Sensor fusion combines different sensor types (e.g. cameras, radar, LiDAR) to get superior perception to the human eye, which is essential for safety. In environments that might obfuscate a camera or radar's vision, such as rain or fog, LiDAR can see what they cannot and ensure AVs continue to perform as expected. All automakers are looking for sensor solutions that combine different sensor types for this reason.
Why is LiDAR technology necessary for AVs in light of Elon Musk's comments last year?
Those comments were made in 2019 and since then there have been significant investments made into the LiDAR sector. Almost all major automakers also include LiDAR in their AV development plans that have deadlines coming up as soon as this year. This indicates a serious commitment to the technology.
LiDAR technology is crucial to the safety of AVs because it can perform in harsh environments (e.g. low-light conditions, extreme weather) and see objects in a scene that other sensing technologies simply cannot. For example, pedestrians on the side of the road at night may be difficult for humans or cameras to identify but LiDAR detects them with extreme accuracy.
Many cited 2021 as a turning point for automated vehicles, though the reality has shown it will be a longer process. Can you give us your thoughts on the timeline, especially on the important threshold the industry now stands at between Level 2 and Level 3 autonomy?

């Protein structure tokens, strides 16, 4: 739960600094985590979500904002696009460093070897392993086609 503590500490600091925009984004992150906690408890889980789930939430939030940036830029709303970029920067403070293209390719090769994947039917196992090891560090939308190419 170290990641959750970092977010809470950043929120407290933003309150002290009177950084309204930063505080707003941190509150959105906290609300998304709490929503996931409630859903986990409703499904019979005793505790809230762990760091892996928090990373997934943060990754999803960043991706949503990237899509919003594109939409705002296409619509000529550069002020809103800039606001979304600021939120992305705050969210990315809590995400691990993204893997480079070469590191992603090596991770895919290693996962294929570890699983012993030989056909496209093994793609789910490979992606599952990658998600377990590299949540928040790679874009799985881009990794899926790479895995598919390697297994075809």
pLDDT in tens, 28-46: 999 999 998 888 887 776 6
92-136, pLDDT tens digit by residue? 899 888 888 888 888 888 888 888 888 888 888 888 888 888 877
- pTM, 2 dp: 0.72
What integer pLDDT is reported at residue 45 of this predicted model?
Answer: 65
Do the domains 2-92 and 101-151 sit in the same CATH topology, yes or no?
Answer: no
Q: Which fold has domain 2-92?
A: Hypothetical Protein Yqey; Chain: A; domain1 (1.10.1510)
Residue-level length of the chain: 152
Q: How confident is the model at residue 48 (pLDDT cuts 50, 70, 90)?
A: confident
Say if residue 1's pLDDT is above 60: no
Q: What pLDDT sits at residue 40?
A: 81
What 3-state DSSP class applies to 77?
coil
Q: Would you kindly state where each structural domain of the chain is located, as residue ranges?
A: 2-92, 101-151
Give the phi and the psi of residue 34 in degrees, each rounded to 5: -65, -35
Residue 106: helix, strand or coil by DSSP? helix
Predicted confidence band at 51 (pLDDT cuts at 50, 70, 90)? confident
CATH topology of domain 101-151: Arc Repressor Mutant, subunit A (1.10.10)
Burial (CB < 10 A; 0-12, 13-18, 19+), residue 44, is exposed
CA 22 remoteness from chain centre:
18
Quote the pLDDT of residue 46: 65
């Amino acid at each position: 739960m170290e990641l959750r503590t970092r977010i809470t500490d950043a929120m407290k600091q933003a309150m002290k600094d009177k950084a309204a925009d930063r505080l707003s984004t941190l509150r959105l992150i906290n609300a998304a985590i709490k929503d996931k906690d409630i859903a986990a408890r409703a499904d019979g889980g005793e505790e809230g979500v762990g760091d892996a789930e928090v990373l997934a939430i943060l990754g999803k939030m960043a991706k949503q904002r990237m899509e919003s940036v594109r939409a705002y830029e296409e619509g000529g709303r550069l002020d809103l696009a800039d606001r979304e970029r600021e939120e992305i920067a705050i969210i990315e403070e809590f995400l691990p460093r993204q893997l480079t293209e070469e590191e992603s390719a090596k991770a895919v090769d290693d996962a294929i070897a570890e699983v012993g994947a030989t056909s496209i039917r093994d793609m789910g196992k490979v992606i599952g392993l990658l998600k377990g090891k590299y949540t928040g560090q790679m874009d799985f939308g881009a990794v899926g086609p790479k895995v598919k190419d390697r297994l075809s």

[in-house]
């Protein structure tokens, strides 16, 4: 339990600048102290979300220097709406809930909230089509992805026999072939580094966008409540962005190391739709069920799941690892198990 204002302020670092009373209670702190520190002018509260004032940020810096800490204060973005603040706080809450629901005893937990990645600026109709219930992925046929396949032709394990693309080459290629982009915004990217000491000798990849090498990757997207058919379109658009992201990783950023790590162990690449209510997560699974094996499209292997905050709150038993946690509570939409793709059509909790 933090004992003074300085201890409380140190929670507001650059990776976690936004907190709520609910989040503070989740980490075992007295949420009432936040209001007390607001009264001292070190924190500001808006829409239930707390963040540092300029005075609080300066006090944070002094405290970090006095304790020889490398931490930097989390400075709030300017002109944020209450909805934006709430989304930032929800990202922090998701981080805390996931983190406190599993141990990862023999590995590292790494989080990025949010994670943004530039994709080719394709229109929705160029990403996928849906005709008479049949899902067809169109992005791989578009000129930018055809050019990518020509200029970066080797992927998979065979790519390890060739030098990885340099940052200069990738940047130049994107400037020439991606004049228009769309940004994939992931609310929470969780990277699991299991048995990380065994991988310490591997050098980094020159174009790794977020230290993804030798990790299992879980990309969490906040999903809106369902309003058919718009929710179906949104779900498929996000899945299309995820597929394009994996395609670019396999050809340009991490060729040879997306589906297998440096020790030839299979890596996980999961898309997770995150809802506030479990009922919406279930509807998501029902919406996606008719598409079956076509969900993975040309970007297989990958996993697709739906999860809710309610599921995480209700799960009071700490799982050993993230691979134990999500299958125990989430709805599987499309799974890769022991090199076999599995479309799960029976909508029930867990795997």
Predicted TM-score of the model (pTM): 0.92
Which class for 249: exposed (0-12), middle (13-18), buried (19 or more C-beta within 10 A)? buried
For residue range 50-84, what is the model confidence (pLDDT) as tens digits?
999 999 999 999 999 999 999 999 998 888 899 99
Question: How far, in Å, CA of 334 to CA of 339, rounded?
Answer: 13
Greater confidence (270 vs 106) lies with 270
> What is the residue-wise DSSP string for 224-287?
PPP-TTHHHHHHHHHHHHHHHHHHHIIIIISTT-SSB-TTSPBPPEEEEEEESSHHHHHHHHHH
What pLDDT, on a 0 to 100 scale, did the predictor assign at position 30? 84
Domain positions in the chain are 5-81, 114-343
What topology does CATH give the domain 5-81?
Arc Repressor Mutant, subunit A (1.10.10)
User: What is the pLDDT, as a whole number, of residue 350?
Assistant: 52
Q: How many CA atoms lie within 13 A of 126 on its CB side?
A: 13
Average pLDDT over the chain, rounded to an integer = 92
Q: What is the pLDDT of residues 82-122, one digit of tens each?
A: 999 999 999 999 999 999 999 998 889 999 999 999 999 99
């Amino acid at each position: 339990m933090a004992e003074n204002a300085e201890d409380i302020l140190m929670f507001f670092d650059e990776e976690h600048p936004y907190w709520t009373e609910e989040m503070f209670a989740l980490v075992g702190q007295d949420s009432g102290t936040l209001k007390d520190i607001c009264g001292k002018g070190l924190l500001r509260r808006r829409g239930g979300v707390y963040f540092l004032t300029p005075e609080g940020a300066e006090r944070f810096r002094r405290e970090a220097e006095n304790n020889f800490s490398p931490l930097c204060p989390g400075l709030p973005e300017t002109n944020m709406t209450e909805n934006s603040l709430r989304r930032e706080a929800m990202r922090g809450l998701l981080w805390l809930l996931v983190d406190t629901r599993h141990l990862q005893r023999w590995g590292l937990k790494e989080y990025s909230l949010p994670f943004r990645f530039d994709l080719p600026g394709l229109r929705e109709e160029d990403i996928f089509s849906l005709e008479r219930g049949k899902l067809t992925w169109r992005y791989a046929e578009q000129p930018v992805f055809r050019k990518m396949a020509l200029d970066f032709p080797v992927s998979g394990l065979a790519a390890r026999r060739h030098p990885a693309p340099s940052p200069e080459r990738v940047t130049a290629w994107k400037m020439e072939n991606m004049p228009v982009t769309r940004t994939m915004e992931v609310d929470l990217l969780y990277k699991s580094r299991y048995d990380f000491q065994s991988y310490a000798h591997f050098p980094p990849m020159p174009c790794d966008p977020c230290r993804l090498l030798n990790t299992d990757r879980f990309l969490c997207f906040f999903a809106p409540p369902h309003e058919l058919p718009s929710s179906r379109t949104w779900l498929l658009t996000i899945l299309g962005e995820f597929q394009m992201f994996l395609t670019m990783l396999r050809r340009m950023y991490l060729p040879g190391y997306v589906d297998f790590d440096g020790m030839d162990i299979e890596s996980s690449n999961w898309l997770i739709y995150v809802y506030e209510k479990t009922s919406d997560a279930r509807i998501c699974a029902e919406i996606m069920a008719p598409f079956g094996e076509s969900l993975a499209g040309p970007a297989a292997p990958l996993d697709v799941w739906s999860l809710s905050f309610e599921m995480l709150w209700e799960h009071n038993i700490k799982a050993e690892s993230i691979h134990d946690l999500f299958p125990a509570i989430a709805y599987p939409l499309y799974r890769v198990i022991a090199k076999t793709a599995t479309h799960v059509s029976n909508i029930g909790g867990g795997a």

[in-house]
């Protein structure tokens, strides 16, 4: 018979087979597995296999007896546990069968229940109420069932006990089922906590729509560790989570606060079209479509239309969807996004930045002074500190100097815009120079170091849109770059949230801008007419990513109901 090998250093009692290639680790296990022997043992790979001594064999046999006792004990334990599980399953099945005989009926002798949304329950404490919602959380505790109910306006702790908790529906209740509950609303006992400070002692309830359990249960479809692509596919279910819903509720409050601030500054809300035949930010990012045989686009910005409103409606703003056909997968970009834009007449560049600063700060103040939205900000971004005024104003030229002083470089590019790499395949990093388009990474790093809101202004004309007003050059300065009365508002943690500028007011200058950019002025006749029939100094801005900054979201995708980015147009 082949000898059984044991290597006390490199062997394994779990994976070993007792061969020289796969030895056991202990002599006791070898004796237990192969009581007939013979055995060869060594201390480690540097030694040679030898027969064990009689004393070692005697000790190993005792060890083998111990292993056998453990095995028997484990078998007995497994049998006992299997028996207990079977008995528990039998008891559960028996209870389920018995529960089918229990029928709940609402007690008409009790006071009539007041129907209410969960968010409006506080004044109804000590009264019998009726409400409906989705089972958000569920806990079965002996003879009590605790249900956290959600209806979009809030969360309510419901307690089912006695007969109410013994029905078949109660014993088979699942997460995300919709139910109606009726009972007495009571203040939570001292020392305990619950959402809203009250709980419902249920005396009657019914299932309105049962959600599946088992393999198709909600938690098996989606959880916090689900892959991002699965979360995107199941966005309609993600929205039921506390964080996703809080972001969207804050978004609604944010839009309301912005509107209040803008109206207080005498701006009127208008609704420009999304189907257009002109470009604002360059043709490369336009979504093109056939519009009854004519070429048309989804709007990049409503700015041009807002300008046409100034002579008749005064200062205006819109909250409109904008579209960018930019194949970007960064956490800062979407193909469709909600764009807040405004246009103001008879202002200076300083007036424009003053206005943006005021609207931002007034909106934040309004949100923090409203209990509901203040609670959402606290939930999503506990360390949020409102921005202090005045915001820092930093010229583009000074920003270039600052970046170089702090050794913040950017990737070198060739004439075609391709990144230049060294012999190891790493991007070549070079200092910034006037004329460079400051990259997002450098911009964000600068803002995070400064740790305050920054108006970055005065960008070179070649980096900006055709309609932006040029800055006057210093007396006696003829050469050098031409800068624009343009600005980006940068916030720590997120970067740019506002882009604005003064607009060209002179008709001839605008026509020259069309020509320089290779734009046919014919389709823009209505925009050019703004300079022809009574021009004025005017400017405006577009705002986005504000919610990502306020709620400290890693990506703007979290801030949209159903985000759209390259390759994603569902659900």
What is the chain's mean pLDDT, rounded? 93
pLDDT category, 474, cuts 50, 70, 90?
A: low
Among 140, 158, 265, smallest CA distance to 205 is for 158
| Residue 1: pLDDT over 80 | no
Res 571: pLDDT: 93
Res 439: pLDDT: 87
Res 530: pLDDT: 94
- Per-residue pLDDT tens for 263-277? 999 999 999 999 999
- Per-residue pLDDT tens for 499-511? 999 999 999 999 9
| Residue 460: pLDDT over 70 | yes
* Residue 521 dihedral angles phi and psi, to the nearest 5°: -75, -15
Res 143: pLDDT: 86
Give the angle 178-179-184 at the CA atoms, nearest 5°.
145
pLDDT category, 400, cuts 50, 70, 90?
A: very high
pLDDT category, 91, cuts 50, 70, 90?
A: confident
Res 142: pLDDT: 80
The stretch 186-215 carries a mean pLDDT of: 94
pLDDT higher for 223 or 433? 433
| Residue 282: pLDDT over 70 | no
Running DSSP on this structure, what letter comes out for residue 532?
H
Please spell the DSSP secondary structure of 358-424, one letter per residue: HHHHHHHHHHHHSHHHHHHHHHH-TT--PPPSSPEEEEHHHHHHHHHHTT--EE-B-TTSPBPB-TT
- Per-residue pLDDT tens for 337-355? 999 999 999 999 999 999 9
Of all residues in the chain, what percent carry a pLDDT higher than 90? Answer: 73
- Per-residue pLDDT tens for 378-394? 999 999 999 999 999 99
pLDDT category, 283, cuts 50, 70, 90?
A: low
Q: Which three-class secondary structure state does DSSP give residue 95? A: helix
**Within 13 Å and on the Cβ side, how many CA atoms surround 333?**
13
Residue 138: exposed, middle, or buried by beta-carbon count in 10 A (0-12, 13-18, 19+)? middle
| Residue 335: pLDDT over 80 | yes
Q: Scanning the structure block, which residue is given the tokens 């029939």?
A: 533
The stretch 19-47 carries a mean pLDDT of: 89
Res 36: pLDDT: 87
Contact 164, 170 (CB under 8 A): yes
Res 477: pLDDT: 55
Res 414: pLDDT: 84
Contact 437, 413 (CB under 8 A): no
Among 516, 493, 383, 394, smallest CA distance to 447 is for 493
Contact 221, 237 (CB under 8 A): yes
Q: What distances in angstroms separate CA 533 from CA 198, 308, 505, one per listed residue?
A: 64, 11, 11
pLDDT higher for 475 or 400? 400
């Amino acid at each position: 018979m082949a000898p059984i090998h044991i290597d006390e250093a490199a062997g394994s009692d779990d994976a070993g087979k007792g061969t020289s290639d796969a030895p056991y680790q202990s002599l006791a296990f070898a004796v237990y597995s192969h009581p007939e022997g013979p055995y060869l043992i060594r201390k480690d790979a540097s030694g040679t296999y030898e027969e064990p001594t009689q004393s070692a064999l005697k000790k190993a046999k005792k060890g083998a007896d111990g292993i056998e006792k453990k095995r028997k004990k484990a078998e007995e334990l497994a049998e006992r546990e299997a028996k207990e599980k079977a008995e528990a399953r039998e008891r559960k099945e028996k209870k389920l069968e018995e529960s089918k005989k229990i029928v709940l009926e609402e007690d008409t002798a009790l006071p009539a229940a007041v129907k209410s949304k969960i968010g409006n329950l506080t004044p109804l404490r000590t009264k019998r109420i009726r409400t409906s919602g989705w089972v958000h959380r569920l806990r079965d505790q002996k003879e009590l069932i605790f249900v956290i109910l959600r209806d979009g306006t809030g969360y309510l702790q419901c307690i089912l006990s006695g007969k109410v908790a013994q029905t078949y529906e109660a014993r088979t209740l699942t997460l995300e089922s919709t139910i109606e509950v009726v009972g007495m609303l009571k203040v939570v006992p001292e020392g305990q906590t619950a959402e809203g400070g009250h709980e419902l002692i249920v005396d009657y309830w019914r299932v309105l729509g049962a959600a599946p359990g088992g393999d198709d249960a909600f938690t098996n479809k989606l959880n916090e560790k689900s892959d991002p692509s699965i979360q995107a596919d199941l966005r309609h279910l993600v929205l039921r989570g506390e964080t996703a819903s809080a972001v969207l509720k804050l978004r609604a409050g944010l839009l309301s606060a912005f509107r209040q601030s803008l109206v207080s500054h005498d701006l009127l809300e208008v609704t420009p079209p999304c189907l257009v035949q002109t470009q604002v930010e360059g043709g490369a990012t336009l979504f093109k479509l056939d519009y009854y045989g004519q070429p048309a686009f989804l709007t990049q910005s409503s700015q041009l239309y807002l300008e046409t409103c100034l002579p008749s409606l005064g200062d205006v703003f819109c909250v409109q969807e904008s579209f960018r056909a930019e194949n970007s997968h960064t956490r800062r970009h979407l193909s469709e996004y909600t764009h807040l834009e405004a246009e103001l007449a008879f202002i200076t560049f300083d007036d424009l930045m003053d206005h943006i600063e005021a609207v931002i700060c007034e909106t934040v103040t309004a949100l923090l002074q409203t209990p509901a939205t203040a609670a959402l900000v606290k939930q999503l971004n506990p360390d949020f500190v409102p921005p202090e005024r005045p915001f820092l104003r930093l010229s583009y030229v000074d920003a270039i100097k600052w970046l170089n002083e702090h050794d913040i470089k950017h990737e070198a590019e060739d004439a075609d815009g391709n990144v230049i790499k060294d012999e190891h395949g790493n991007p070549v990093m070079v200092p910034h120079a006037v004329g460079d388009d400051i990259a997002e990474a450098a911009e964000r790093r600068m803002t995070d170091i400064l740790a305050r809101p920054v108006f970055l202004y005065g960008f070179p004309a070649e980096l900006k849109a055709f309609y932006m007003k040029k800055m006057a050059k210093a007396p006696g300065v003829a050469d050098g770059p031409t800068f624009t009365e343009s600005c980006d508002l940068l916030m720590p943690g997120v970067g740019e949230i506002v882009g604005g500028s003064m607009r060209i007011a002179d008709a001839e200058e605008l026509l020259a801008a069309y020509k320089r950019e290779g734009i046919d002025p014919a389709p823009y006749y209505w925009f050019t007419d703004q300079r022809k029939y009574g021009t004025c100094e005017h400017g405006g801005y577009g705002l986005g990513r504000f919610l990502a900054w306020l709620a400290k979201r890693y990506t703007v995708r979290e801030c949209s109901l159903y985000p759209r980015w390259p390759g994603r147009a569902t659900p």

It will take a significant amount of time and effort for the industry to bridge the gap between Level 2+ and Level 3 autonomy.
The automotive industry is well on its way to an autonomous future; however, this realisation is still a few years away. It will take a significant amount of time and effort for the industry to bridge the gap between Level 2+ and Level 3 autonomy, where the driver is no longer driving when the features are engaged and automakers assume responsibility for AV performance. To get to Level 3 and beyond, automakers will need to collect millions of miles of real-driving data, in a variety of scenarios, and get to a point where safety can be guaranteed.
How do you see the marketplace for LiDAR's evolving?
LiDAR will continue to become more accessible as it reaches maturity, due to manufacturing improvements and cost reductions. LiDAR manufacturers will also continue to innovate up the stack. Innoviz was one of the first to develop perception software in addition to our LiDAR hardware, enabling us to offer a turnkey solution to customers that also differentiates us from the competition.
We were also one of the few LiDAR companies to announce it will go public via a SPAC [special purpose acquisition company] acquisition. By agreeing to merge with Collective Growth Corporation, we ensure our continued growth as well as the advancement of the LiDAR and AV industries as a whole.
What difference will your merger with Collective Growth make to the business?
We're in a capital-intensive industry. This merger provides us access to the capital we need to ramp up production and continue to deliver for customers like BMW. Going through the SPAC process demonstrates the maturity of our company, and of the AV industry.
In an autonomous car, is it all about processing power for sensor fusion or are there other aspects to make computing dependable?
Actually, sometimes processing power is not enough to overcome the lack of a LiDAR in the car, for example in cases such as low-light conditions, camera saturation, etc. In fact, the stronger the low-level sensing capabilities are, the less processing power is needed to achieve good fusion. For the same level of safety, you need much more computing power for a weaker platform that has no or weak LiDAR.